Comixology Builds One-Stop Shop for Comics Publishers, Retailers, and Fans

Comixology’s small staff of 24 comic-book freaks are working around the clock these days, preparing for one of the biggest changes their industry has ever seen: On Aug. 31, mega-publisher DC Comics will begin releasing its titles digitally and in paper form on the same day. Until now, there’s been a lag of at least a couple of weeks, giving retailers plenty of time to profit off the traditional, paperback comic books that fans love. The transition to digital, says Comixology co-founder and CEO David Steinberger, has left retailers “by turn scared and anxious—and very interested.”

Ever since it was founded in 2007, Comixology has been catering to all the stakeholders in the small but passionate world of comic books: the publishers, the retailers, and of course, the collectors. The rise of digital has been particularly hard for the retailers, who for decades have relied on comic-books nuts filling their stores every Wednesday to snap up the latest editions of Spiderman or Walking Dead, Steinberger says. To ease the path to digital, Comixology has been rolling out a host of services for retailers—including, most recently, a digital storefront. The service allows retailers to have websites powered by Comixology, where they can sell comic books and pull in affiliate revenues.

The movement of the comic-book industry to digital may be a hard adjustment for retailers, but it’s been a boon to Comixology. The company has secured the rights to digitize comics from all the major publishers, including the dominant players, DC and Marvel. Comixology now derives most of its revenues from selling digital comics online and via apps it has developed for smart phones and tablet computers.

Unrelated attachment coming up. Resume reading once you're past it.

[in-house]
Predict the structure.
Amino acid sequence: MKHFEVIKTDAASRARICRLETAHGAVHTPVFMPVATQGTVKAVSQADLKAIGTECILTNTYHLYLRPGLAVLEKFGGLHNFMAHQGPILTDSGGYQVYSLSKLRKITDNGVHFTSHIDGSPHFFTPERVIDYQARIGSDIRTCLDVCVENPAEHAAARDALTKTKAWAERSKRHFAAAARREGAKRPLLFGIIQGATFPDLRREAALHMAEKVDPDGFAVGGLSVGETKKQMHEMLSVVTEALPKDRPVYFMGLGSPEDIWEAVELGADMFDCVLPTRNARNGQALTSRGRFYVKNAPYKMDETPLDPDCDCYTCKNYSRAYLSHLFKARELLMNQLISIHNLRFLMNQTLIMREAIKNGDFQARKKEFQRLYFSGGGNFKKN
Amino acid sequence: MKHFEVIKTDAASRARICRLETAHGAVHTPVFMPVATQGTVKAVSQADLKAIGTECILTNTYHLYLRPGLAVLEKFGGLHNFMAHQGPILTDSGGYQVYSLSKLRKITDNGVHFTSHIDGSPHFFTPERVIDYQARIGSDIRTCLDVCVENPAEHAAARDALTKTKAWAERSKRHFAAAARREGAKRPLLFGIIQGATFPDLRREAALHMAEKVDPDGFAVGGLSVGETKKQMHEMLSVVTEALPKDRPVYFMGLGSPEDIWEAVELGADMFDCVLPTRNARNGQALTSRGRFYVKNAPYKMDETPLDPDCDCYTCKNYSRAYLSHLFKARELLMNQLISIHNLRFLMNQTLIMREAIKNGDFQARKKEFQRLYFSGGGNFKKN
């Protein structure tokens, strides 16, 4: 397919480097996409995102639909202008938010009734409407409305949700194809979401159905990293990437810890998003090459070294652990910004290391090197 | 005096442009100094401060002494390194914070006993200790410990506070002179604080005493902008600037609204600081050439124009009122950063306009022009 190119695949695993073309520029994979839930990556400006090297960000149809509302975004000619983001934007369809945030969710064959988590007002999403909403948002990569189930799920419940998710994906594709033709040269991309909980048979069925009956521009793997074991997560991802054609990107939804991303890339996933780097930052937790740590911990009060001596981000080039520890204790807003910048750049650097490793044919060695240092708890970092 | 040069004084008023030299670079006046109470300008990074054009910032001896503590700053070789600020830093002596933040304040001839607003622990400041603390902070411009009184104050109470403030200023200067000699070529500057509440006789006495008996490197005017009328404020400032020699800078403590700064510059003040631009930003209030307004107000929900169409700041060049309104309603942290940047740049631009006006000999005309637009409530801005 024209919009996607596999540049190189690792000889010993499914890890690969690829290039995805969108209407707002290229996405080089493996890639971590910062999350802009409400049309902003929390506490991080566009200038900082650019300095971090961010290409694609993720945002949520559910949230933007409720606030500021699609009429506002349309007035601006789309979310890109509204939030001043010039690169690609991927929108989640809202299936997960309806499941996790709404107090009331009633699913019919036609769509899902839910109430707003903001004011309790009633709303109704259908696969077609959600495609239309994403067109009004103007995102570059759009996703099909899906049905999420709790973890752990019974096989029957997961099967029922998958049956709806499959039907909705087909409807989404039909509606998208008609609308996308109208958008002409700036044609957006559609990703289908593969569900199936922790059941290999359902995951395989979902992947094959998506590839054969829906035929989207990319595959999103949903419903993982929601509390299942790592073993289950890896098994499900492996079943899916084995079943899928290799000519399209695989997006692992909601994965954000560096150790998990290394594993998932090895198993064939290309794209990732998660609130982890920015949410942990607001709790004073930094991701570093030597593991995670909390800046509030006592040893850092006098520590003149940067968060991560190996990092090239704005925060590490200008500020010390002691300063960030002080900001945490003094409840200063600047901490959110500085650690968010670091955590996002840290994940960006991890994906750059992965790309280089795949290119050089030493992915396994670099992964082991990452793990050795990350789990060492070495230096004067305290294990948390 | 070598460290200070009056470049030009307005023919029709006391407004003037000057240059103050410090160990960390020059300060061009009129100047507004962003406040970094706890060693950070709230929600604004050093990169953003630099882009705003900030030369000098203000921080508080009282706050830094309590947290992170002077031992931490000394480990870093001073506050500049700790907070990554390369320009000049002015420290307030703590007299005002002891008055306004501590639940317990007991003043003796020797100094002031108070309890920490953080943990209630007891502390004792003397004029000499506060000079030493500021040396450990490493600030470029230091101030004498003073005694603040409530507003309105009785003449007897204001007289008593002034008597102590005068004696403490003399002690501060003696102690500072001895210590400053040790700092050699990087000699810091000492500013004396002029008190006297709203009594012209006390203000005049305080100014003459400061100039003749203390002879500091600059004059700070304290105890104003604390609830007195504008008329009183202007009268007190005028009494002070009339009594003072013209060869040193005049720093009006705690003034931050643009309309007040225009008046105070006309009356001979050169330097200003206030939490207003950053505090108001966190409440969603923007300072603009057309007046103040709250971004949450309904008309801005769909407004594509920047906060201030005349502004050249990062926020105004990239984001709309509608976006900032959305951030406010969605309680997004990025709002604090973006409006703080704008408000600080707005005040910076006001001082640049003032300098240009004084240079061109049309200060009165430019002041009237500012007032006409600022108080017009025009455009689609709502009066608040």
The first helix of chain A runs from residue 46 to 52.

Steinberger is himself a comics nut, having collected more than 7,000 comic books as a teenager in the 1980s. He originally trained as a classical musician—he earned advanced degrees in vocal performance from the Manhattan School of Music and Julliard—but ultimately decided that entrepreneurship would be more suited to his creative personality.

A phone discussion with his parents in 2006 inadvertently led Steinberger to dream up a business plan. “My parents called to say ‘Come and get your comics out of our basement. We don’t want to store them anymore,'” recalls Steinberger, who at the time was studying to get his MBA at New York University’s Stern School of Business. He picked the books up, dumped them in a storage unit in Manhattan, and promised his wife he would sell them.

But when Steinberger looked for a way to catalog his collection, he came up empty. So he started to develop an application for cataloging and appraising comic books. Then he called up his friend and fellow comic-book collector John Roberts, who was an expert in software development. Turns out Roberts was in the process of … Next Page »

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